The problem then is that creating such a web 3.0 platform is much more difficult than developing an ordinary game. The main difficulty is not the technology, but how to get users involved? After all, such a platform can only provide enough motivation for content creators if it has a large number of users who are willing to consume the content.

If it works, it will be a winner-takes-all system because of the huge investment risks, the limited size of web 3.0 and the high barriers to entry, so there won’t be a lot of competition.

Finally, there’s“Play and Own,” where the player comes in for gameplay and also owns game assets.

In short, “Play and Own” is a way to avoid value bubbles by eliminating entry-level price speculation, to escape the inflationary economy, and to escape players’ expectations of profits, the transaction of resources as the core activity in the game to activate the user.

Through a strong user focus on transactions and ownership, encouraging teamwork, creating complex economic and social structures, and ultimately significantly increasing player engagement, similar to what games like Eve Online do. Having a game with the same complex economic system as Eve Online sounds great, but it’s hard to replicate. After all, the collapse of the secondary market means a lot of gaming resources are flowing at low prices, this may eliminate the need for players to engage in in-game activities to obtain resources.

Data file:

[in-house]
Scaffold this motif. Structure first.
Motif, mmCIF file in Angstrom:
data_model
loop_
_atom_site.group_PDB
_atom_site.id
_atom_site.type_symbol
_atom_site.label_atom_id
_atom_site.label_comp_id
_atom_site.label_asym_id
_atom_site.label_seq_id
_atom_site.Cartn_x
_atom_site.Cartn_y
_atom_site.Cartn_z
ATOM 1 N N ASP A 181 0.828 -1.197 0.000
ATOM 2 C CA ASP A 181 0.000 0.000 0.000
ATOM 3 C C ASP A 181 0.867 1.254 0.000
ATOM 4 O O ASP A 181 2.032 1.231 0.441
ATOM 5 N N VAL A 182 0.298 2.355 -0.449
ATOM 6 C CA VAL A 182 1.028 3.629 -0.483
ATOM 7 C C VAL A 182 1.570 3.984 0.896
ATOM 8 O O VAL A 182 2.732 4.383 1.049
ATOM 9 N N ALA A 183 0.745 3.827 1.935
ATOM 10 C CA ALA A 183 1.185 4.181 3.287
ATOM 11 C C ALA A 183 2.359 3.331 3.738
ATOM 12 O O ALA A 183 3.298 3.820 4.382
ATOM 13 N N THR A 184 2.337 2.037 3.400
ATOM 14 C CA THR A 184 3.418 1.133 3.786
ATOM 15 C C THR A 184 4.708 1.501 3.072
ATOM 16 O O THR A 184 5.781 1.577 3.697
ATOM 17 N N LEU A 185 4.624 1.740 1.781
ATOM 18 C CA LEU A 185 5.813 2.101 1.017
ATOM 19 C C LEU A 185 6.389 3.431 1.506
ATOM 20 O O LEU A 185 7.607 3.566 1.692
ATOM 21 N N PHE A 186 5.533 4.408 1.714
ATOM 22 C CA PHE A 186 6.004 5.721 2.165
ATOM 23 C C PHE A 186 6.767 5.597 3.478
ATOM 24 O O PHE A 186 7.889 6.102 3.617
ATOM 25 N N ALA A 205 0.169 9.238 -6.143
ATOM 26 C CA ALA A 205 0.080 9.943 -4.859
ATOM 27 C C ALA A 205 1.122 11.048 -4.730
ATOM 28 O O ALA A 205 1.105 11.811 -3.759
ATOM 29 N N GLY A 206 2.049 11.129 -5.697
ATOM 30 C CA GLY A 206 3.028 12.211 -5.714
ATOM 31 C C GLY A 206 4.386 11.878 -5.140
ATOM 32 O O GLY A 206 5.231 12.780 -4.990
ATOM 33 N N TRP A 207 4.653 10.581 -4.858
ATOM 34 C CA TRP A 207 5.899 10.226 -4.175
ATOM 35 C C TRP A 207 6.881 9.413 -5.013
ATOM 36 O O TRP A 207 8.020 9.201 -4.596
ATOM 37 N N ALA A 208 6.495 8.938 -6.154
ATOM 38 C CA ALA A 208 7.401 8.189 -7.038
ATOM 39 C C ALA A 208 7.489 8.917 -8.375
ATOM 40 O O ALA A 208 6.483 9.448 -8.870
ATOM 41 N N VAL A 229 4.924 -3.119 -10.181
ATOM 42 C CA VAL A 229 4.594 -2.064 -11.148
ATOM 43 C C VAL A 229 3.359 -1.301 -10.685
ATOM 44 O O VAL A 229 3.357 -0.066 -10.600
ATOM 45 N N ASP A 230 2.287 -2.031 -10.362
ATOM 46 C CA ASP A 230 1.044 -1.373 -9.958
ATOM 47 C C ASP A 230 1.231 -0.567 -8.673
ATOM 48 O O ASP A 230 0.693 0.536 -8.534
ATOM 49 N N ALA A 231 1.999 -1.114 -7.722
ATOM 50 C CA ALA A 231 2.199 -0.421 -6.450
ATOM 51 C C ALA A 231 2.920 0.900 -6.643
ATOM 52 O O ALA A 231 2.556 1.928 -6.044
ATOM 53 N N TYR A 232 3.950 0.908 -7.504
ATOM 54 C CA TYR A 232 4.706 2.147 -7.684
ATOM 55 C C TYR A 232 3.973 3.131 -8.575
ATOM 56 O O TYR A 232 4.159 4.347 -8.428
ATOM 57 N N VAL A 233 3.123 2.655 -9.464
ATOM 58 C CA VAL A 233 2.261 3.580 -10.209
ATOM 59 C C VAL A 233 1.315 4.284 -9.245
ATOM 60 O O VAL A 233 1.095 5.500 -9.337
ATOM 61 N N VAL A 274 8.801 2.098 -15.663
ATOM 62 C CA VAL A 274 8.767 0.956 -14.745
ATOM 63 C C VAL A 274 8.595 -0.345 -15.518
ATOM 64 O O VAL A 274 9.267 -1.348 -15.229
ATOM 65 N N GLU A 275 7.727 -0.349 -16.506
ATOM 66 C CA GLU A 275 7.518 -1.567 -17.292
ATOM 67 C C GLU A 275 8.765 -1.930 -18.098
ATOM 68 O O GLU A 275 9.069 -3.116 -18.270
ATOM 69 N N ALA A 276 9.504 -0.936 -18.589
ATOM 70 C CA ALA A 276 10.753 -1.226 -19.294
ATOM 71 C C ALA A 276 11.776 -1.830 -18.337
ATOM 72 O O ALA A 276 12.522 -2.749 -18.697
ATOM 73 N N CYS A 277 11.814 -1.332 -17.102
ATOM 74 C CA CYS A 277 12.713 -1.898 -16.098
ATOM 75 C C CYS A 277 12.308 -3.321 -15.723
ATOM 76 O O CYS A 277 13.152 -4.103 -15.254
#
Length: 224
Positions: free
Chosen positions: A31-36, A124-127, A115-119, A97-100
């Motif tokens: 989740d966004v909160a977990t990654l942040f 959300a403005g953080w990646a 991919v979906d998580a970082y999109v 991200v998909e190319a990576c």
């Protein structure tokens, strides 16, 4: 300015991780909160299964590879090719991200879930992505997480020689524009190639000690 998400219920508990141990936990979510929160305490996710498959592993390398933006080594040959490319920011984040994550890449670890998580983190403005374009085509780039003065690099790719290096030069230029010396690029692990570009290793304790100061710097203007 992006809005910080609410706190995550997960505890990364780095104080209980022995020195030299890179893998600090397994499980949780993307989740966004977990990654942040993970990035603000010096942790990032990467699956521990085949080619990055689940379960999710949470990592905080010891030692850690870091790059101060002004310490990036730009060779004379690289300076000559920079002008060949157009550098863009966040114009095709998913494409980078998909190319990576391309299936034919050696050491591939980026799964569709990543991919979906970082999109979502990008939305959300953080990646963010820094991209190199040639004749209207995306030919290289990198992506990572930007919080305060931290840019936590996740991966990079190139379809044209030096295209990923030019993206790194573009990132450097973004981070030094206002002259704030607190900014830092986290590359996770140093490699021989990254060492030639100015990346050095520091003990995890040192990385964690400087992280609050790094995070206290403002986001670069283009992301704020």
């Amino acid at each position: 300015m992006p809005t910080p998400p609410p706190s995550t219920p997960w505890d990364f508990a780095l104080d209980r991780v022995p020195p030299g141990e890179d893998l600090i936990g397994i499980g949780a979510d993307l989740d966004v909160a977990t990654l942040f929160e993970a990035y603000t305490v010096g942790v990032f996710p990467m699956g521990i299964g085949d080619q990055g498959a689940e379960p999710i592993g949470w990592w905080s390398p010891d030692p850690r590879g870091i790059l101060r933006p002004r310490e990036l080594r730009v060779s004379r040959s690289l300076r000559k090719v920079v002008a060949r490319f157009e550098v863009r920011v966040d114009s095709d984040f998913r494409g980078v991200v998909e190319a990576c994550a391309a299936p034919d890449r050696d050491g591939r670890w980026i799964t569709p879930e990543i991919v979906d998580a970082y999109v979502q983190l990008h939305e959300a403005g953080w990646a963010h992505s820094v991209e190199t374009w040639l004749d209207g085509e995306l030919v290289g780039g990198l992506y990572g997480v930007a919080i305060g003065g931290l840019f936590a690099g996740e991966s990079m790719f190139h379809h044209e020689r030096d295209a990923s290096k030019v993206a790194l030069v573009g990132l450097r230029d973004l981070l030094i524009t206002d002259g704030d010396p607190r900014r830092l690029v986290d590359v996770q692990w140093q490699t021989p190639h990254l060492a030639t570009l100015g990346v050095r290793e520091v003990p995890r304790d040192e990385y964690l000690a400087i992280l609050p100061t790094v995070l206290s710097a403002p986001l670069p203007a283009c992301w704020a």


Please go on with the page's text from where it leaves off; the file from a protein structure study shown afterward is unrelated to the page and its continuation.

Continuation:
Another example is ImmutableX’s design for games such as Gods Unchained, where blockchain is designed to enhance collectible value and card trading in a CCG game. This is similar to The“Magic: The Gathering or Warhammer” mechanism, where players care about The game but often trade in game assets, such as selling old Space Wolves to get a great Carcharodons.

From the player’s point of view, this form is the most interesting, and the collapse of the secondary market will not have much impact on the core audience. But it is still challenging because these assets are closely related to real value, which means they need to be monitored very closely, and they are harder to manage than regular games.


Perhaps the biggest problem is that the current web 3.0 game audience is very limited, and this segment of players is chasing short-term revenue, so the fundamentals of web 3.0 games cannot grow much better, the problem is reinforced by fluctuations in value.

“Blockchain games tend to explode, so try to hit the jackpot and move to the next one!”.a paradigm reinforced by the volatility of the Web3 space

Javier Barnes

Thus, Javier Barnes is pessimistic about the future of Web3 gaming as a whole, and it is highly likely that existing problems will remain unresolved in the future, with games likely to promote short-term growth at the expense of long-term growth in the short term.